Autism Awareness Month – The Late and Misdiagnosed Females.

Just under 2 years ago, Alex received her diagnosis of Asperger’s Syndrome at 22 years old. You may be surprised to hear that Alex is in fact just one in thousands of females who will wait until their early twenties to finally be diagnosed with Autism – some even being much older than that.

You may remember our blog post about The Chase’s Anne Hegerty who was 46 when she was watching a television programme on Asperger’s, and realised she had every characteristic of the syndrome that they listed. She was diagnosed 2 years later, which gave her all the answers to what she had been wondering the whole of her life.  

This raises the question: Why is Autism not recognised in females from a much earlier age?

Statistically, 4 times more boys are diagnosed with Autism than girls, and most commonly receive their diagnosis between the ages of four and eleven.

The diagnostic criteria and research is largely biased towards male behaviour of those with ASC (Autism Spectrum Condition), leading to many girls going so long without receiving a diagnosis- some not receiving one at all.

In recent years, it has been increasingly recognised that girls with ASC possess the ability to be able to ‘mask’ their autism, and traits they do show are deemed to be more socially acceptable. This can have huge mental implications on the females, who can feel exhausted by maintaining this act.

As well as mental effects, late diagnosis can also result in many life issues. For instance – prior to The Chase, Anne was dismissed from work positions due to her inability to multitask, and had the bailiffs knocking at her door for unpaid bills when her social worker assisted in helping her to apply to the television programme which as we know has led her to become one of TV’s most famous brainboxes!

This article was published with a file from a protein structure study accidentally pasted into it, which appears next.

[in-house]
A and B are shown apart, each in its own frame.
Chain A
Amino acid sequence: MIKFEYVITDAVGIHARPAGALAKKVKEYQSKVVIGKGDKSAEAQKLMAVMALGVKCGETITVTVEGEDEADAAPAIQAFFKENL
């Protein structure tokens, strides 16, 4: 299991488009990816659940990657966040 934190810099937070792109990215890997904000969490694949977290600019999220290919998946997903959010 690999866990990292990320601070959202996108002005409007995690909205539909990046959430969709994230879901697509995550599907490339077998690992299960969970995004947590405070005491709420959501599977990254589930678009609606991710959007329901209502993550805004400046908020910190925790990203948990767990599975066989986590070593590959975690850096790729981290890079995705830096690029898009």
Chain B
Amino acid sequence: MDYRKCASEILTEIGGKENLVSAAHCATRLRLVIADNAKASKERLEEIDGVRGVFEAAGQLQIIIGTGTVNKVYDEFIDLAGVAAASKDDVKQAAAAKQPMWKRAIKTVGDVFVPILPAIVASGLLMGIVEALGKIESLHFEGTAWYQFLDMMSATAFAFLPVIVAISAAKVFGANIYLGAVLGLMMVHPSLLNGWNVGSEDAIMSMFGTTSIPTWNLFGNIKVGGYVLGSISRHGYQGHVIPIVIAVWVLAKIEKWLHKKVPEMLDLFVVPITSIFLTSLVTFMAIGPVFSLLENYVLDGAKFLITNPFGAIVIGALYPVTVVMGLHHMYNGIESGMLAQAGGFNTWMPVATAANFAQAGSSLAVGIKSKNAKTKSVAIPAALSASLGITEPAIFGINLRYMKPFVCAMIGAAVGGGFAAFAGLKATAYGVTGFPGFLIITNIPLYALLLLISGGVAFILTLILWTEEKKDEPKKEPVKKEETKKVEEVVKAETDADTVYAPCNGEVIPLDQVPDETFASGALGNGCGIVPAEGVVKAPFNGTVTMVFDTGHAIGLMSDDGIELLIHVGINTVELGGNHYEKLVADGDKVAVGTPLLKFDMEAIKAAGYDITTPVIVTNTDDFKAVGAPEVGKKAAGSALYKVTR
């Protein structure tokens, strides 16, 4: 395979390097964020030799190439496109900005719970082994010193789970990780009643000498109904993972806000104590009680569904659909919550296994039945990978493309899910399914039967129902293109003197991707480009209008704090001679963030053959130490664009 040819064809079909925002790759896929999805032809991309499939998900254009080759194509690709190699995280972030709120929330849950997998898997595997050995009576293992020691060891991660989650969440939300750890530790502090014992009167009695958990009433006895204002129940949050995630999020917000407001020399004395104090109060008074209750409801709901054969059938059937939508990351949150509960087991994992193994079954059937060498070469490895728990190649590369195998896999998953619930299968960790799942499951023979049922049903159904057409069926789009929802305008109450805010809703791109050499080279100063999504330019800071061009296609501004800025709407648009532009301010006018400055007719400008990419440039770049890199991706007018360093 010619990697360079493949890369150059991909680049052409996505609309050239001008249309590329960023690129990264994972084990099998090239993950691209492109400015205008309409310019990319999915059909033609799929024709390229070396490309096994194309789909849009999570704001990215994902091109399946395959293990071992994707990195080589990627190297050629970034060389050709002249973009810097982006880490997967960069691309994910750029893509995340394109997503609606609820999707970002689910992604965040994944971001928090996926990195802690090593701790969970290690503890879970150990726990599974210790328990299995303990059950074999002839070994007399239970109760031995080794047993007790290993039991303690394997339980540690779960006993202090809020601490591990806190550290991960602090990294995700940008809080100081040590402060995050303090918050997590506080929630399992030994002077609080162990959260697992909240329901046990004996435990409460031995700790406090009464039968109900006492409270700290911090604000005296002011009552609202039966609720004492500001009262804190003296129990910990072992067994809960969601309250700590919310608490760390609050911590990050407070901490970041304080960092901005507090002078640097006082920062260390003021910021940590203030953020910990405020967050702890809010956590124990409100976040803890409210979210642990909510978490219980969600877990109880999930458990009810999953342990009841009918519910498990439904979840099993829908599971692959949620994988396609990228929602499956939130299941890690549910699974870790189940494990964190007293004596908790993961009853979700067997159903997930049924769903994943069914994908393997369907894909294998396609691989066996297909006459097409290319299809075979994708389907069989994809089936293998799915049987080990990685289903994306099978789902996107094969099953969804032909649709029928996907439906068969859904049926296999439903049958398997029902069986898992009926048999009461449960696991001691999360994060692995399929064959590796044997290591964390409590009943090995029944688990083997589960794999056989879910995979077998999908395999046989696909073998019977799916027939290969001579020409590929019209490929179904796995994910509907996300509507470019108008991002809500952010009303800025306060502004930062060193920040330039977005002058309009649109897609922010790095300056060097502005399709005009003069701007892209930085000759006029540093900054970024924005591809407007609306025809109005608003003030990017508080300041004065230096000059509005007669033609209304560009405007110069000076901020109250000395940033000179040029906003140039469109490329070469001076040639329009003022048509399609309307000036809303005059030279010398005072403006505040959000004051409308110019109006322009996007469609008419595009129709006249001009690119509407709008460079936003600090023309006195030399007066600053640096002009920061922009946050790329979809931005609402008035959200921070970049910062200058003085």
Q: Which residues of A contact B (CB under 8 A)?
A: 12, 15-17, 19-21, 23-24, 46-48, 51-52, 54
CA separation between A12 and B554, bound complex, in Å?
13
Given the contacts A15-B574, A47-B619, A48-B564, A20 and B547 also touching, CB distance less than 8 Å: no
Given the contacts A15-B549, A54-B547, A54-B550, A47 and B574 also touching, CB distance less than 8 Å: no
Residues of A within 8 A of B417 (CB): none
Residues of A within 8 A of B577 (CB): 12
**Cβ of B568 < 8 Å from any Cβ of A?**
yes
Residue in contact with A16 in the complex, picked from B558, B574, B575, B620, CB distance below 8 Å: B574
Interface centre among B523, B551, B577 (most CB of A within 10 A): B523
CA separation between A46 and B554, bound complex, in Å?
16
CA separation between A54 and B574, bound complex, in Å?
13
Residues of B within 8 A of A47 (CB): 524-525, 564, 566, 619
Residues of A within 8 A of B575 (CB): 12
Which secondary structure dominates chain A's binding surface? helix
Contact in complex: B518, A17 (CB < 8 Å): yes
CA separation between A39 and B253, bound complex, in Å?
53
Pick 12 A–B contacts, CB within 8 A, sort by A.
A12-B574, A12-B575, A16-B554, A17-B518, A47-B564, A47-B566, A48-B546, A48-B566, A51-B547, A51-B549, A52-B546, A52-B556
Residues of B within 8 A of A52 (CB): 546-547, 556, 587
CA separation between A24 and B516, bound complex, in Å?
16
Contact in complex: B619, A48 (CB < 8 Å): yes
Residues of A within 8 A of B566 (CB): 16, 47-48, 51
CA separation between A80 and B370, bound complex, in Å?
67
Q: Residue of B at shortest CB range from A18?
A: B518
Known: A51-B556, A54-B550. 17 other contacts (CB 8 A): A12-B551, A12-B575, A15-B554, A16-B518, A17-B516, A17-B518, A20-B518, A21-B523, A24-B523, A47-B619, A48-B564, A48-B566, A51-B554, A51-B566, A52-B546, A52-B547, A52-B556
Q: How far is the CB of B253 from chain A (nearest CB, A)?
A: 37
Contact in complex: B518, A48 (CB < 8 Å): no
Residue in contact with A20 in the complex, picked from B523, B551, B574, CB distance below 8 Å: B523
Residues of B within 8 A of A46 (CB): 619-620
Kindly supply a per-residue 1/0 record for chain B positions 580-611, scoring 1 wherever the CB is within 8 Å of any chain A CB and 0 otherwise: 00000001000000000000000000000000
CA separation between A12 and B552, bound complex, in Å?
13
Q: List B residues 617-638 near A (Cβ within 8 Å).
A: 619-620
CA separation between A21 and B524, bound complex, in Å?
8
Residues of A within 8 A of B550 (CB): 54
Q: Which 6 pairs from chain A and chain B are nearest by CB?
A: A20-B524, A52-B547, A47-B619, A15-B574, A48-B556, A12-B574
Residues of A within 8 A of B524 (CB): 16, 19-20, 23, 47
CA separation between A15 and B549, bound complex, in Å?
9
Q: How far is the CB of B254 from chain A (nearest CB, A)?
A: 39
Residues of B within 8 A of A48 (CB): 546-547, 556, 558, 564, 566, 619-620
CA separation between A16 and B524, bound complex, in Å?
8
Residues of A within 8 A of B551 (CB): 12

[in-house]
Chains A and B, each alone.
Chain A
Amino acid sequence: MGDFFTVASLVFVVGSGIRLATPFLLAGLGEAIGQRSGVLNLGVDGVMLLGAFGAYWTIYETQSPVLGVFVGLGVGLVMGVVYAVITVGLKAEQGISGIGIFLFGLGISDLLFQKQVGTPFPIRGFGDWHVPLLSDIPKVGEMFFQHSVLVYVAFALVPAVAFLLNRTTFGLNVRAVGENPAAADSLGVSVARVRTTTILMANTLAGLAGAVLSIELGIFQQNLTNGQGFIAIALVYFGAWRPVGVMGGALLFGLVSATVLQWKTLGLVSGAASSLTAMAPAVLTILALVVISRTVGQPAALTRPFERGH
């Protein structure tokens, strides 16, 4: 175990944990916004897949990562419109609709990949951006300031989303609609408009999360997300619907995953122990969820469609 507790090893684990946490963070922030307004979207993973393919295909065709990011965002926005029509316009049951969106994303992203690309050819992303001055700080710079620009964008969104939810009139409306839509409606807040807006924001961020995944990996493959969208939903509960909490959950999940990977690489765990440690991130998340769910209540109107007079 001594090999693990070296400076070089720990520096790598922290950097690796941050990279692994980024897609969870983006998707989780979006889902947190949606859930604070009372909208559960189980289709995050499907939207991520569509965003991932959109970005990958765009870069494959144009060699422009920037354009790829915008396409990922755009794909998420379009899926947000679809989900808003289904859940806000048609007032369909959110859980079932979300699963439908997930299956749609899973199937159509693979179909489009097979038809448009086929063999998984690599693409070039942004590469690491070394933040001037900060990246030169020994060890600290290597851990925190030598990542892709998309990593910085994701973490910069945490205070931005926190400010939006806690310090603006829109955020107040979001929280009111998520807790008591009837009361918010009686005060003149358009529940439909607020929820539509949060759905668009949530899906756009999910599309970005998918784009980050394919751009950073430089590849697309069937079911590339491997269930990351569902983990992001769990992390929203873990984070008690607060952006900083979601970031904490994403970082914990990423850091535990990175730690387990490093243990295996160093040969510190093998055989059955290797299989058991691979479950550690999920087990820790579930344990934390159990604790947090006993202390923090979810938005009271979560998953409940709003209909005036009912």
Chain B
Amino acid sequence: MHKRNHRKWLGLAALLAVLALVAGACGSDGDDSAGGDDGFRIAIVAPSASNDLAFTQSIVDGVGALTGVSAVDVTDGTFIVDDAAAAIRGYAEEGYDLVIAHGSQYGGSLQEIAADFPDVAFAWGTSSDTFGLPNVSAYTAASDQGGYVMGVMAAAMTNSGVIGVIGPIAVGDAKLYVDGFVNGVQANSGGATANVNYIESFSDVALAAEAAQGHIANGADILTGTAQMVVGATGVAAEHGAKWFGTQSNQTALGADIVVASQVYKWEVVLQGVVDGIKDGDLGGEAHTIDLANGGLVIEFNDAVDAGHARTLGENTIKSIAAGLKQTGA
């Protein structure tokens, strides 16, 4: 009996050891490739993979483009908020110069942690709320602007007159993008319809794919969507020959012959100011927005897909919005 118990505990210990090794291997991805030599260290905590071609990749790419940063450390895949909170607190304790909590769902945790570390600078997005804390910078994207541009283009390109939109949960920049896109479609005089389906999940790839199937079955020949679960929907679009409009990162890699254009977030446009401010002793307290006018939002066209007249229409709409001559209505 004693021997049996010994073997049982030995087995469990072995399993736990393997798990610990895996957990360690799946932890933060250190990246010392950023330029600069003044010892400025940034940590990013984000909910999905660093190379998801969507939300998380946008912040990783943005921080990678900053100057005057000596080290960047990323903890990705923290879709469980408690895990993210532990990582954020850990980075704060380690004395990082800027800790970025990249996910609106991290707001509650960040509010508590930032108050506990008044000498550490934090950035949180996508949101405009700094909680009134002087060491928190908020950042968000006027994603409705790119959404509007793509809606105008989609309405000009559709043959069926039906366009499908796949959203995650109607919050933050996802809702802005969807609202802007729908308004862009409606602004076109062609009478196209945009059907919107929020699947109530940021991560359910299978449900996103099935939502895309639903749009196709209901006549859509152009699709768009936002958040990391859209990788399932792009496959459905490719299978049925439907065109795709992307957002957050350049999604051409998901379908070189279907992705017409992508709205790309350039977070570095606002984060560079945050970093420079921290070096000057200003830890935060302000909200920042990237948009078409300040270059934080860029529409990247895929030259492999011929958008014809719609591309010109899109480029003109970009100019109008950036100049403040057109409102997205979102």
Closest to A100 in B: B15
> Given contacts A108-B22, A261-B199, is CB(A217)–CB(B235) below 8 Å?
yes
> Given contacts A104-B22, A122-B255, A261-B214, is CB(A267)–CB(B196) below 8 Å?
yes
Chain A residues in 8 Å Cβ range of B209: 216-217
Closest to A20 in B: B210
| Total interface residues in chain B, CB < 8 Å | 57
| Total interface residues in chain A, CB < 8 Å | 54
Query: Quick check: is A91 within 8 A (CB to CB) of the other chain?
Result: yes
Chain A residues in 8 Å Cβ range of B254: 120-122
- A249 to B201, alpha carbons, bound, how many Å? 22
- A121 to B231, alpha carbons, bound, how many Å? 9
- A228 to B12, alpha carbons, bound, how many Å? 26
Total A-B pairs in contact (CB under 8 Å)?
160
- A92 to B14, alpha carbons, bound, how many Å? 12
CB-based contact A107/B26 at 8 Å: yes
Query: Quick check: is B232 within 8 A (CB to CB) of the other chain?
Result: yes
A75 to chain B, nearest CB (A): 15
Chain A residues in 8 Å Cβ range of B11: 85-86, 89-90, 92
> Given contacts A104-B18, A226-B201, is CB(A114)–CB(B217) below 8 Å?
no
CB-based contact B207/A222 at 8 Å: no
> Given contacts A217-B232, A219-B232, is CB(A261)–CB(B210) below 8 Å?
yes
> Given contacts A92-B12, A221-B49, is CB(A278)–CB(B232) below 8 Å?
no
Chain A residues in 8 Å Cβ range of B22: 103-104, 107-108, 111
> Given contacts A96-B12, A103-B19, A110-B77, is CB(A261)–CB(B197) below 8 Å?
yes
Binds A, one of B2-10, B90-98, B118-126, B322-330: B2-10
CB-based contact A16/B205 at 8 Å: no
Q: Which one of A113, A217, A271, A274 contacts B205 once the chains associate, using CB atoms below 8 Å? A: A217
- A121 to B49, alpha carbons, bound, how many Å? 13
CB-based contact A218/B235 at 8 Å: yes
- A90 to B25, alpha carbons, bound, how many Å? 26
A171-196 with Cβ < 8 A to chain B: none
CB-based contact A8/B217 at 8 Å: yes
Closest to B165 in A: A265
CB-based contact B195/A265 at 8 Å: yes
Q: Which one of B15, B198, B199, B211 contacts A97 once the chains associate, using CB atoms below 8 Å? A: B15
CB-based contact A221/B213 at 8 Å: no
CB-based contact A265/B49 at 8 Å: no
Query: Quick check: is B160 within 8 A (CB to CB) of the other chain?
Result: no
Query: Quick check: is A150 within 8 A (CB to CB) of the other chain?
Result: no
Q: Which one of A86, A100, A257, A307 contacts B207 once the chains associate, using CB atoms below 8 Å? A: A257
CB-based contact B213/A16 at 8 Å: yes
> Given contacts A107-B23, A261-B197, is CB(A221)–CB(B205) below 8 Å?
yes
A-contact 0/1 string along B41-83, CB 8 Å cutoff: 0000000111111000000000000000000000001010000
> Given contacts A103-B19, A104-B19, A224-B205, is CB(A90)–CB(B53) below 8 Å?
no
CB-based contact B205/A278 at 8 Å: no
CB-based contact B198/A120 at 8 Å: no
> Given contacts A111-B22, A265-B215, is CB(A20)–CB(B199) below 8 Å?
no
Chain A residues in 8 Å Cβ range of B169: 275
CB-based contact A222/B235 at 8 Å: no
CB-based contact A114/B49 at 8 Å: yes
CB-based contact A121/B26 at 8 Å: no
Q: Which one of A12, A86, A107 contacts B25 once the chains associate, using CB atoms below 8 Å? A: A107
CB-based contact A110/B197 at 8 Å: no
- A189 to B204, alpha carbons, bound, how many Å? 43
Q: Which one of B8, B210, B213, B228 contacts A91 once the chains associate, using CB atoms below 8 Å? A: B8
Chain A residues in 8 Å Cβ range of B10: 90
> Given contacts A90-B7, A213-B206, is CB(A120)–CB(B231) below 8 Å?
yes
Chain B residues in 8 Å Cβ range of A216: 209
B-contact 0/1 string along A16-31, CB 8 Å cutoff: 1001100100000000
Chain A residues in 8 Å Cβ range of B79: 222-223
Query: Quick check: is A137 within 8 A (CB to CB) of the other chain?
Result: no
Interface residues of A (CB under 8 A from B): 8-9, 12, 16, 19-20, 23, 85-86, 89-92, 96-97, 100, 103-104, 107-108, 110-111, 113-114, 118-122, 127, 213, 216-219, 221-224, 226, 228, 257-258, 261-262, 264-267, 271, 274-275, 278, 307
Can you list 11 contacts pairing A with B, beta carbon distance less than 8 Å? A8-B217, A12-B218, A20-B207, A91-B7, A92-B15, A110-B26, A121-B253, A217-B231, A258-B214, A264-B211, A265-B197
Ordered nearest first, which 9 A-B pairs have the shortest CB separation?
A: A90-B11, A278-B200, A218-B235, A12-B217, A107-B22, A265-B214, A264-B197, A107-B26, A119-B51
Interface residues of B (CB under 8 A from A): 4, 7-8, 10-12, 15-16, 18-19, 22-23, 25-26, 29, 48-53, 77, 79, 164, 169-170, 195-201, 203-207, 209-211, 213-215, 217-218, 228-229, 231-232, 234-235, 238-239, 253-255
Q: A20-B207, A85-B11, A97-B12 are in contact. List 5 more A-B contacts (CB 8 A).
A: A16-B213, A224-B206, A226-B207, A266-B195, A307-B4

Alex’s Story

Alex is a 23 year old artist from a small village near Wakefield. I’ve always been a huge fan of Alex’s artwork – I’m constantly in awe of the pieces she creates and what a unique style she has! But, who’d have thought, that this creativity actually led to her being told she  “couldn’t possibly be autistic” following a 6 month long assessment! 

When I disagreed with them, one of the women conducting the assessment shouted at me, telling me to give her a reason why she should diagnose me while she banged her fists against the table, shouting it at me over and over again

This wasn’t even the first time Alex was misdiagnosed.

Growing Up

As a female myself, I can relate to the difficulties girls face growing up; the immense social pressures to act a certain way, look a certain way, have certain interests etc. 

What I can’t relate to, however, is how it must feel to grow up under these existing pressures, whilst also having undiagnosed Autism – acknowledging that you are different from all the other kids in the playground, but having no understanding as to why.

For Alex, this mainly meant keeping herself to herself, but found that could often make her a target for bullies.

Having four siblings and being the middle child of the three of us that lived together, I was just always known as the ‘quiet one’. I was always reading or drawing and keeping myself to myself.

At school I always felt that I was different from the other kids but didn’t know why. I only had one friend and most of the other kids made fun of me. ”

Adolescence is particularly difficult for young girls – Alex continued to be branded as ‘shy’ and an introvert, which began to frustrate her more and more over time:

I didn’t have any friends really and focused mostly on my art, and spent all the time I wasn’t at school or college at home. I hated it because I wouldn’t necessarily say I was shy, I just didn’t know how to talk to people.

Characteristics – How Autism can present itself differently in women